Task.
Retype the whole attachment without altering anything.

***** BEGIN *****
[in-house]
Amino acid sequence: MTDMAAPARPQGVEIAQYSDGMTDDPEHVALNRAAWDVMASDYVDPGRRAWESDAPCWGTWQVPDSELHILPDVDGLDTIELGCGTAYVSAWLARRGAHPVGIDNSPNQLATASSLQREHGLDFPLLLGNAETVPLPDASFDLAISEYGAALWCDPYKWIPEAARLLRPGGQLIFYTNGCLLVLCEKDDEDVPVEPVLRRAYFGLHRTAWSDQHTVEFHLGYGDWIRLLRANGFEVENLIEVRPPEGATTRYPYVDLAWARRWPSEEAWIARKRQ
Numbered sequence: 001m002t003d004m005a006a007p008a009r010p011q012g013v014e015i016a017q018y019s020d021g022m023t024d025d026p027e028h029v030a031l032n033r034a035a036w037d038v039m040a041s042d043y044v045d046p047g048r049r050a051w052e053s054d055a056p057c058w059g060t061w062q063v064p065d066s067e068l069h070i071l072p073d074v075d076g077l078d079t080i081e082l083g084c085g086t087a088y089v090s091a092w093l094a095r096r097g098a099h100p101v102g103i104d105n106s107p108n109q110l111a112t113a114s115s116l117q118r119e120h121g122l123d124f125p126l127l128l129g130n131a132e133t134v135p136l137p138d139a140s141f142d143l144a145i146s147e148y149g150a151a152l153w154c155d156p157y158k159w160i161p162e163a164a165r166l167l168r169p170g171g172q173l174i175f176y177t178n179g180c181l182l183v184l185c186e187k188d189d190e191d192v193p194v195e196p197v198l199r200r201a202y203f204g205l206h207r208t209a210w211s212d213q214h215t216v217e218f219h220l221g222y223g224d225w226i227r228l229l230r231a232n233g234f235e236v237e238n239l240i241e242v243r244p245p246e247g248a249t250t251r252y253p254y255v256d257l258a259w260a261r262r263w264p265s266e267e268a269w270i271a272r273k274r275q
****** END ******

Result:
[in-house]
Amino acid sequence: MTDMAAPARPQGVEIAQYSDGMTDDPEHVALNRAAWDVMASDYVDPGRRAWESDAPCWGTWQVPDSELHILPDVDGLDTIELGCGTAYVSAWLARRGAHPVGIDNSPNQLATASSLQREHGLDFPLLLGNAETVPLPDASFDLAISEYGAALWCDPYKWIPEAARLLRPGGQLIFYTNGCLLVLCEKDDEDVPVEPVLRRAYFGLHRTAWSDQHTVEFHLGYGDWIRLLRANGFEVENLIEVRPPEGATTRYPYVDLAWARRWPSEEAWIARKRQ
Numbered sequence: 001m002t003d004m005a006a007p008a009r010p011q012g013v014e015i016a017q018y019s020d021g022m023t024d025d026p027e028h029v030a031l032n033r034a035a036w037d038v039m040a041s042d043y044v045d046p047g048r049r050a051w052e053s054d055a056p057c058w059g060t061w062q063v064p065d066s067e068l069h070i071l072p073d074v075d076g077l078d079t080i081e082l083g084c085g086t087a088y089v090s091a092w093l094a095r096r097g098a099h100p101v102g103i104d105n106s107p108n109q110l111a112t113a114s115s116l117q118r119e120h121g122l123d124f125p126l127l128l129g130n131a132e133t134v135p136l137p138d139a140s141f142d143l144a145i146s147e148y149g150a151a152l153w154c155d156p157y158k159w160i161p162e163a164a165r166l167l168r169p170g171g172q173l174i175f176y177t178n179g180c181l182l183v184l185c186e187k188d189d190e191d192v193p194v195e196p197v198l199r200r201a202y203f204g205l206h207r208t209a210w211s212d213q214h215t216v217e218f219h220l221g222y223g224d225w226i227r228l229l230r231a232n233g234f235e236v237e238n239l240i241e242v243r244p245p246e247g248a249t250t251r252y253p254y255v256d257l258a259w260a261r262r263w264p265s266e267e268a269w270i271a272r273k274r275q